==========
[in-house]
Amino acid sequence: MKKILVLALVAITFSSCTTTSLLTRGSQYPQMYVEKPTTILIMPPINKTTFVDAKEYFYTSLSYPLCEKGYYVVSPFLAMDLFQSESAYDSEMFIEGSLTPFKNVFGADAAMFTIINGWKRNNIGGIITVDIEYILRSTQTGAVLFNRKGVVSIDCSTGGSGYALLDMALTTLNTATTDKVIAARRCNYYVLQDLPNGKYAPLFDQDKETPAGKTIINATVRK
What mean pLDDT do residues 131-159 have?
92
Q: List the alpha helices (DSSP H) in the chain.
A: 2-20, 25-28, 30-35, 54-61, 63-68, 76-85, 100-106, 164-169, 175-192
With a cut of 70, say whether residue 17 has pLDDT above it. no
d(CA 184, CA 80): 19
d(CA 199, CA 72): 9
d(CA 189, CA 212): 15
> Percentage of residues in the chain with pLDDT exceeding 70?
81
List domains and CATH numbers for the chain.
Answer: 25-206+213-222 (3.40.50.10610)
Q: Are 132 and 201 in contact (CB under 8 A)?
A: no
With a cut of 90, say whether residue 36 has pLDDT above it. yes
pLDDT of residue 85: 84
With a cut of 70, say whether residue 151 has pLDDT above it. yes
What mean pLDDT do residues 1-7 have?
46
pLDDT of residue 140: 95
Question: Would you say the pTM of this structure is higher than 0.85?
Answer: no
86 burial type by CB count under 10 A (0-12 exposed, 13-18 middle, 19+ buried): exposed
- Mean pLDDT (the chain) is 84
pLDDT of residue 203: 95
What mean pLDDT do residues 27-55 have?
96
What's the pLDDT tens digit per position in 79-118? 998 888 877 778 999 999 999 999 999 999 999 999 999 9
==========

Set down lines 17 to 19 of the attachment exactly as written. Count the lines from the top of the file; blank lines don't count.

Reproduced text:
With a cut of 90, say whether residue 36 has pLDDT above it. yes
pLDDT of residue 85: 84
With a cut of 70, say whether residue 151 has pLDDT above it. yes